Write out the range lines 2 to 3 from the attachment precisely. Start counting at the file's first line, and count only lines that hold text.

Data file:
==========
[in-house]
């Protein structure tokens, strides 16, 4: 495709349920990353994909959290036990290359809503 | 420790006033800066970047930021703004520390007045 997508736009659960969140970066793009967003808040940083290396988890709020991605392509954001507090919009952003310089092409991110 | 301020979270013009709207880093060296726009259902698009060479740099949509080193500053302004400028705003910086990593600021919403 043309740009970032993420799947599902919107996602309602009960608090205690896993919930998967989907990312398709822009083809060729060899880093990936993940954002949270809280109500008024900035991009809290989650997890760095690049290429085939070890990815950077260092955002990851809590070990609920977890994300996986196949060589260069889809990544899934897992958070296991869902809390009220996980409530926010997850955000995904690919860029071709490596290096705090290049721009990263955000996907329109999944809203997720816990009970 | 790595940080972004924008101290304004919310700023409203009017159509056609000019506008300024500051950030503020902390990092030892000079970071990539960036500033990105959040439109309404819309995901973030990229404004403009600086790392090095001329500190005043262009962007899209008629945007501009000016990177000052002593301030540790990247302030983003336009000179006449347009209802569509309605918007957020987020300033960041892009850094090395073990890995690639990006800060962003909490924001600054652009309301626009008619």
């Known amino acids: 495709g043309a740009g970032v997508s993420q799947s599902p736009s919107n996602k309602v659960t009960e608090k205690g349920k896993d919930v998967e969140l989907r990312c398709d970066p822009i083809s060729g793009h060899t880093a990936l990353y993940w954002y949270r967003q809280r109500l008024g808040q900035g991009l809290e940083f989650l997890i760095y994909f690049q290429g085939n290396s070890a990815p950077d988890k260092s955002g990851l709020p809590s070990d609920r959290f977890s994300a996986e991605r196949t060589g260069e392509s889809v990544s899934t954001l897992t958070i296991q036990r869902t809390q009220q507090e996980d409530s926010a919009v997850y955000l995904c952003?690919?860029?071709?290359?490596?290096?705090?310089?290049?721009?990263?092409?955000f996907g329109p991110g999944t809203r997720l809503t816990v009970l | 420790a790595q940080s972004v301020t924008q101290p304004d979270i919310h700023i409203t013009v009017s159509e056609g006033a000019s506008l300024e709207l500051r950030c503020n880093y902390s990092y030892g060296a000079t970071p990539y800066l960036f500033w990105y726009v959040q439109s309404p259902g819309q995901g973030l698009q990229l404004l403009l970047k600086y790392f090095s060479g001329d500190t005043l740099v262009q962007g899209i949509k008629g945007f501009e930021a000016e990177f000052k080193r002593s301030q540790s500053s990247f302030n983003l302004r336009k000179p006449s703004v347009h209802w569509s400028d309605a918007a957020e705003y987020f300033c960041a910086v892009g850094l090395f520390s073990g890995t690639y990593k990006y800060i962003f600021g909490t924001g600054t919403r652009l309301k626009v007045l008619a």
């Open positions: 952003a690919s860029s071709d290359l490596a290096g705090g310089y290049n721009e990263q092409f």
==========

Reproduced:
């Protein structure tokens, strides 16, 4: 495709349920990353994909959290036990290359809503 | 420790006033800066970047930021703004520390007045 997508736009659960969140970066793009967003808040940083290396988890709020991605392509954001507090919009952003310089092409991110 | 301020979270013009709207880093060296726009259902698009060479740099949509080193500053302004400028705003910086990593600021919403 043309740009970032993420799947599902919107996602309602009960608090205690896993919930998967989907990312398709822009083809060729060899880093990936993940954002949270809280109500008024900035991009809290989650997890760095690049290429085939070890990815950077260092955002990851809590070990609920977890994300996986196949060589260069889809990544899934897992958070296991869902809390009220996980409530926010997850955000995904690919860029071709490596290096705090290049721009990263955000996907329109999944809203997720816990009970 | 790595940080972004924008101290304004919310700023409203009017159509056609000019506008300024500051950030503020902390990092030892000079970071990539960036500033990105959040439109309404819309995901973030990229404004403009600086790392090095001329500190005043262009962007899209008629945007501009000016990177000052002593301030540790990247302030983003336009000179006449347009209802569509309605918007957020987020300033960041892009850094090395073990890995690639990006800060962003909490924001600054652009309301626009008619």
């Known amino acids: 495709g043309a740009g970032v997508s993420q799947s599902p736009s919107n996602k309602v659960t009960e608090k205690g349920k896993d919930v998967e969140l989907r990312c398709d970066p822009i083809s060729g793009h060899t880093a990936l990353y993940w954002y949270r967003q809280r109500l008024g808040q900035g991009l809290e940083f989650l997890i760095y994909f690049q290429g085939n290396s070890a990815p950077d988890k260092s955002g990851l709020p809590s070990d609920r959290f977890s994300a996986e991605r196949t060589g260069e392509s889809v990544s899934t954001l897992t958070i296991q036990r869902t809390q009220q507090e996980d409530s926010a919009v997850y955000l995904c952003?690919?860029?071709?290359?490596?290096?705090?310089?290049?721009?990263?092409?955000f996907g329109p991110g999944t809203r997720l809503t816990v009970l | 420790a790595q940080s972004v301020t924008q101290p304004d979270i919310h700023i409203t013009v009017s159509e056609g006033a000019s506008l300024e709207l500051r950030c503020n880093y902390s990092y030892g060296a000079t970071p990539y800066l960036f500033w990105y726009v959040q439109s309404p259902g819309q995901g973030l698009q990229l404004l403009l970047k600086y790392f090095s060479g001329d500190t005043l740099v262009q962007g899209i949509k008629g945007f501009e930021a000016e990177f000052k080193r002593s301030q540790s500053s990247f302030n983003l302004r336009k000179p006449s703004v347009h209802w569509s400028d309605a918007a957020e705003y987020f300033c960041a910086v892009g850094l090395f520390s073990g890995t690639y990593k990006y800060i962003f600021g909490t924001g600054t919403r652009l309301k626009v007045l008619a």